A world in harmony

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Evinrude E-TEC G2 models consume up to 20% less fuel while producing up to 30% more torque.
Evinrude E-TEC G2 models consume up to 20% less fuel while producing up to 30% more torque.

With Australia’s outboard emissions standards due to come into effect in July, Marine Business spoke with Jeff Wasil from Evinrude about the new regulations.

Jeff Wasil.
Jeff Wasil.

There would be few people in the world more in tune with the requirements of engine emissions testing than Jeff Wasil, engineering manager in Emissions Testing, Certification and Regulatory Development at Evinrude, part of the BRP group. Recently appointed to chair the ICOMIA Marine Engine Committee, Wasil has many years of first-hand experience in testing and certifying engines to meet the strict US Environmental Protection Agency standards.

Speaking to Marine Business from Evinrude’s manufacturing base in Wisconsin, Wasil commented that one of the most pleasing aspects of Australia’s implementation of emissions standards is that it will be aligned with other global standards in Europe and the US.

“One of the things which is really important for us on the manufacturing side is predictability and harmonisation of standards,” he said.

Unlike the automotive industry, the volumes involved in outboard engine manufacturing are not large enough to support having different regulatory regimes around the world, so from an industry perspective, it is important to have everybody singing from the same hymn sheet.

“This means that when we certify an engine to an emissions regulation, we can take that engine and sell it in different areas without having to do additional testing or development work.”

As an example of where this harmonised approach didn’t work, Wasil tells the story of Bodensee or Lake Constance in Europe where the standards were so strict that, at the time, no engine manufacturer could meet them. As a result, boaters couldn't buy new engines and the outboards became frozen in time as the older engines were kept running long past their use-by date.

“It basically created a museum of old engines as they were rebuilt over and over. The net gain in emissions reduction was negative because no-one had a product which could comply with the regulation.”

Wasil acknowledges that users will often tend to hang on to older engines, more so than with older cars, if they are still running well. The appeal of the old carburettor two stroke engines is that they were light, had good power to weight ratio and were inexpensive to buy. On the other hand, Wasil says any cost comparison between conventional unregulated products and new technology engines should also take into account the whole picture of running costs and comparative fuel consumption.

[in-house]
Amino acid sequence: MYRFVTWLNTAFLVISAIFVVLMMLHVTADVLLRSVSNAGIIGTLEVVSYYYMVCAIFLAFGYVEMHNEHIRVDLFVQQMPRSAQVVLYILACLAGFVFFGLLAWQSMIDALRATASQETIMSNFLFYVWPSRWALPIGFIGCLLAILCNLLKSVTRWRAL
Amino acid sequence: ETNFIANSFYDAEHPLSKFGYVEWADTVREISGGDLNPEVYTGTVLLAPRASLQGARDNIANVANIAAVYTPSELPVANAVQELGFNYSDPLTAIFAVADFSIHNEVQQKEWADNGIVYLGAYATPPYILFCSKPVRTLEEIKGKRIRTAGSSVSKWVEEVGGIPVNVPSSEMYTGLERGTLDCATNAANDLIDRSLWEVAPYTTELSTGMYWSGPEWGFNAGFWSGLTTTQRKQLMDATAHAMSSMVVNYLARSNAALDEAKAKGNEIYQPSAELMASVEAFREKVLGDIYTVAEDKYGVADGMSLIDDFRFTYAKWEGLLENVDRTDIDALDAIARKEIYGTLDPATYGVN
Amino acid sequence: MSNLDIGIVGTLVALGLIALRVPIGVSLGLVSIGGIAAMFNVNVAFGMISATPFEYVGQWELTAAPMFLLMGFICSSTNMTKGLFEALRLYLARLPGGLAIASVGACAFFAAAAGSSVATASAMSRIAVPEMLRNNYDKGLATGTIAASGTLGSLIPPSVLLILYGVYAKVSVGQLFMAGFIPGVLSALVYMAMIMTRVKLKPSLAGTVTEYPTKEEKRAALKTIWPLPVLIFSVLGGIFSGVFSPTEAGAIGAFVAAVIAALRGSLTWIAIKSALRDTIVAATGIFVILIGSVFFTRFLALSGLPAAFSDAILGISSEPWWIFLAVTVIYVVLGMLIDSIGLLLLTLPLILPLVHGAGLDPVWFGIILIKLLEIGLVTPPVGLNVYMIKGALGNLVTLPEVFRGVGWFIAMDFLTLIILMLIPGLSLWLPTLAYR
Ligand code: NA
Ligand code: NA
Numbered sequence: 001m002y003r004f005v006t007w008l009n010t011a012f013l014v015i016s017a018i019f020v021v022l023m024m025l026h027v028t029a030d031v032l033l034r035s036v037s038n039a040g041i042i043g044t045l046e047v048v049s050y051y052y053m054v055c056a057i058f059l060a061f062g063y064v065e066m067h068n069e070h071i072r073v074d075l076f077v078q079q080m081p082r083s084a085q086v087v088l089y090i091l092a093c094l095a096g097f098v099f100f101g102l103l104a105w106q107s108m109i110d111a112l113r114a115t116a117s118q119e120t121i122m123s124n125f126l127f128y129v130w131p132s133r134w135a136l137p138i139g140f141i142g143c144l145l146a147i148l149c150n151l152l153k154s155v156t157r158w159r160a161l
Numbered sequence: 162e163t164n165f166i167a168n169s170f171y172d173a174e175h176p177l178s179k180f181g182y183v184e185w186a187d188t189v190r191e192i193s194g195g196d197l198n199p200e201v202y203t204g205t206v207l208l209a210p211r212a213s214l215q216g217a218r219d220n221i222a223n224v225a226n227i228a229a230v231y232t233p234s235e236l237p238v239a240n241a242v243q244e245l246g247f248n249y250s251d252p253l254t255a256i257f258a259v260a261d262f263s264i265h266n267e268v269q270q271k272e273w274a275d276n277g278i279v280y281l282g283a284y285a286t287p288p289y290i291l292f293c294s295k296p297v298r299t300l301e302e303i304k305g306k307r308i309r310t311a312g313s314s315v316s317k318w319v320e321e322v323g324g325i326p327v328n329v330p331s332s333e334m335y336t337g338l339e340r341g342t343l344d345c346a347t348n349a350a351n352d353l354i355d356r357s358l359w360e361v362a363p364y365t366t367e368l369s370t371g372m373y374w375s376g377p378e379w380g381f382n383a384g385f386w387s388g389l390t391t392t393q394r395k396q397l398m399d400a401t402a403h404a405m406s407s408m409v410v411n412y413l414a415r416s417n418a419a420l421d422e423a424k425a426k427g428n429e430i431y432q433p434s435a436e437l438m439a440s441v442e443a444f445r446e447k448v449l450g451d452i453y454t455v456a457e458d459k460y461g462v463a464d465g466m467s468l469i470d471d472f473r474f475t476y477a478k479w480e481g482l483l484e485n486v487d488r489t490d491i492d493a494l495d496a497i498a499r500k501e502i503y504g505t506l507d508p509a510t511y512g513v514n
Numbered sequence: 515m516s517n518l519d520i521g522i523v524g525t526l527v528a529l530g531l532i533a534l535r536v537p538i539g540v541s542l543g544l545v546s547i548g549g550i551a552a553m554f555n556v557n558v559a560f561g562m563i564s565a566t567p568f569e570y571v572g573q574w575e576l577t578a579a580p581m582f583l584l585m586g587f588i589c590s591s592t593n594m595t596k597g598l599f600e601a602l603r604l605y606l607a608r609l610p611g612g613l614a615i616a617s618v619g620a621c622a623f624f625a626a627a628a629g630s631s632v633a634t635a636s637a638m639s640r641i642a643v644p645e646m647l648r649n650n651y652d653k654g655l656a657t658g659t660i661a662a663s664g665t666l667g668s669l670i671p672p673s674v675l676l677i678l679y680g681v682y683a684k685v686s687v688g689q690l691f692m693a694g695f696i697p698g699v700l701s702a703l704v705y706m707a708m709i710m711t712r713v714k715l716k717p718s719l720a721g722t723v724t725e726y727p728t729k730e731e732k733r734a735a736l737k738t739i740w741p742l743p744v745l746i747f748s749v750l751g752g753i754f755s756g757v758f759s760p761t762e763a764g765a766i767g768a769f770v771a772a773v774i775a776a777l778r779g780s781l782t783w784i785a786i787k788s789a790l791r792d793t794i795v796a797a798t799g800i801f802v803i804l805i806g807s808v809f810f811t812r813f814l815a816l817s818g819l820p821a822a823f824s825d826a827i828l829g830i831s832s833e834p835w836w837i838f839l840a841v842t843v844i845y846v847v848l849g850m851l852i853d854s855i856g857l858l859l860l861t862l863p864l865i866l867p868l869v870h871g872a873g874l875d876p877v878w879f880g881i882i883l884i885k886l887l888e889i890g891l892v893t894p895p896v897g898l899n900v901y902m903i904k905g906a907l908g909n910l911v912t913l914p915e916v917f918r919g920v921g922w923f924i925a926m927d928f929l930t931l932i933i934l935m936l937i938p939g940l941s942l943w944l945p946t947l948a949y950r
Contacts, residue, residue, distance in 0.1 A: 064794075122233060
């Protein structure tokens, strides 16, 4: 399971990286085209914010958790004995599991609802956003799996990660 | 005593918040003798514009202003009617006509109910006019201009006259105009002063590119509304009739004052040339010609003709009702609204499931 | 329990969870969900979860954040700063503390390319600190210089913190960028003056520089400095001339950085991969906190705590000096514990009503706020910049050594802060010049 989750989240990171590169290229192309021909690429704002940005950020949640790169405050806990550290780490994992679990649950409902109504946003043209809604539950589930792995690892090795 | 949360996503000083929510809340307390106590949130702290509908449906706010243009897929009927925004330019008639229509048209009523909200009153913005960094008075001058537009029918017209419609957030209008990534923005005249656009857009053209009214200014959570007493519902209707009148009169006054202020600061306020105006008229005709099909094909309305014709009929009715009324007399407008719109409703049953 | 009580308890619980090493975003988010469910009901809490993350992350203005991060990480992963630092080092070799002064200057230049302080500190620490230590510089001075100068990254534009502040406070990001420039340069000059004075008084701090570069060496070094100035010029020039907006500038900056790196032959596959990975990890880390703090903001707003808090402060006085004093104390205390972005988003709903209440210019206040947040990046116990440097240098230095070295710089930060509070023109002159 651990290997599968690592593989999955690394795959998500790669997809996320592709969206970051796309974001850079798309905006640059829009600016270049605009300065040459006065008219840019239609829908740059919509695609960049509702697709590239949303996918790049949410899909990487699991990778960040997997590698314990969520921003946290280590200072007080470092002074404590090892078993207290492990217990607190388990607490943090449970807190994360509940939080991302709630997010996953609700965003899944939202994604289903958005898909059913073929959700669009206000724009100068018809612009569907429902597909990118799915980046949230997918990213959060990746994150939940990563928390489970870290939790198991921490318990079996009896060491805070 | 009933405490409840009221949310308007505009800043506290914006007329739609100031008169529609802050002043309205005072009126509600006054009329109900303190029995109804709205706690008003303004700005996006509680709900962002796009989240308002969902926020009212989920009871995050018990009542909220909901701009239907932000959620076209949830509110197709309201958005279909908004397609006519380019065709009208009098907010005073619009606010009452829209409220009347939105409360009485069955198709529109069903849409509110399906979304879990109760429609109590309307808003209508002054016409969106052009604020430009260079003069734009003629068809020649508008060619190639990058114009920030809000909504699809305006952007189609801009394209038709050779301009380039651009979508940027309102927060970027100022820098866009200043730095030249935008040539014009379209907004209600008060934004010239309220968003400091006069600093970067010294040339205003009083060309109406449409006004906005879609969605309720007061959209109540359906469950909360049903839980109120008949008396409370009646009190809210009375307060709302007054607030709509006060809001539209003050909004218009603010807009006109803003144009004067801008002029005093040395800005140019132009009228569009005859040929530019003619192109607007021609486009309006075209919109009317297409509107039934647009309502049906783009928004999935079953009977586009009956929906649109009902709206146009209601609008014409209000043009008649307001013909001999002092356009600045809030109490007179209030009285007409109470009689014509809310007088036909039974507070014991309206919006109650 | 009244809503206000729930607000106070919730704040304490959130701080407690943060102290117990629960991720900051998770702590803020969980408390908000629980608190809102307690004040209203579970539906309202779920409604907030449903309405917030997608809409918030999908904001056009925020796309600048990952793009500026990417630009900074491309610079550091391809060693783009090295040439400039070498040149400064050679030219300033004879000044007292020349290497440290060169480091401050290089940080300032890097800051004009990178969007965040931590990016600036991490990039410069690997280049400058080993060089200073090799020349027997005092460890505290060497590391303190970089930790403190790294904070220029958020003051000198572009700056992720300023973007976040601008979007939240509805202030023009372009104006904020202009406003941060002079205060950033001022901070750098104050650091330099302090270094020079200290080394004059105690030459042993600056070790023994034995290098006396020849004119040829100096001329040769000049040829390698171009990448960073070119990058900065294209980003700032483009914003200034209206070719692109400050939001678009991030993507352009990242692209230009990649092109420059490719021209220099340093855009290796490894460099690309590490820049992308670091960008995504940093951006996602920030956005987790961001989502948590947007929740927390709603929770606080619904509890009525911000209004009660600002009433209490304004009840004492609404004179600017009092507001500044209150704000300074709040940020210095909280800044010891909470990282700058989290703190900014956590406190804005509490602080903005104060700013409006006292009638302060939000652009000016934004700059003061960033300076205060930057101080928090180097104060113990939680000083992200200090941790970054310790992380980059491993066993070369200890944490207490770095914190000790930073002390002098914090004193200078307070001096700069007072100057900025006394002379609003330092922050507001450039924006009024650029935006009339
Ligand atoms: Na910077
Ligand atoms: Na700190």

“There are some pretty substantial differences between the amount of fuel you’re going to burn and the overall runnability of the engine.”

In terms of performance too, Wasil says the differences between old and new engine technologies are stark.

“If you take a conventional two-stroke and compare it to the E-TEC of today, it’s like night and day. We’ve done a lot of work to get more power, more torque out of the engine while getting really low emissions and excellent fuel efficiency.

“It’s really just a matter of trying the new product. The performance is really impressive. It puts a smile on your face.”

Building a better two-stroke

Another key point raised by Wasil is that, contrary to some perceptions in the industry, emissions standards are technology ‘agnostic’. There is no requirement that engines must be four-stroke or that two-stroke engines cannot comply. The only requirement is to meet the emissions targets; how that is achieved is up to the individual manufacturer.

Evinrude itself is the best example of this approach. Back in the early days of emissions standards in the US, the rush to develop new engines to comply with the EPA’s regulations was one of factors behind the collapse of Outboard Marine Corporation, the previous owner of Evinrude. In the ensuing years, while other engine manufacturers invested heavily in four-stroke technology as the way forward, Evinrude under the ownership of BRP persisted with developing its direct injection two-stroke technology through the E-TEC platform launched in 2004. It went on to become the first outboard engine technology to win the US Environmental Protection Agency Clean Air Excellence Award.

The result is that today Evinrude is delivering some of the most fuel-efficient, low emission engines on the market with the current E-TEC G2 models consuming up to 20% less fuel while producing up to 30% more torque than competitive outboard engines.

This article was first published in the June-July 2018 issue of Marine Busness magazine.

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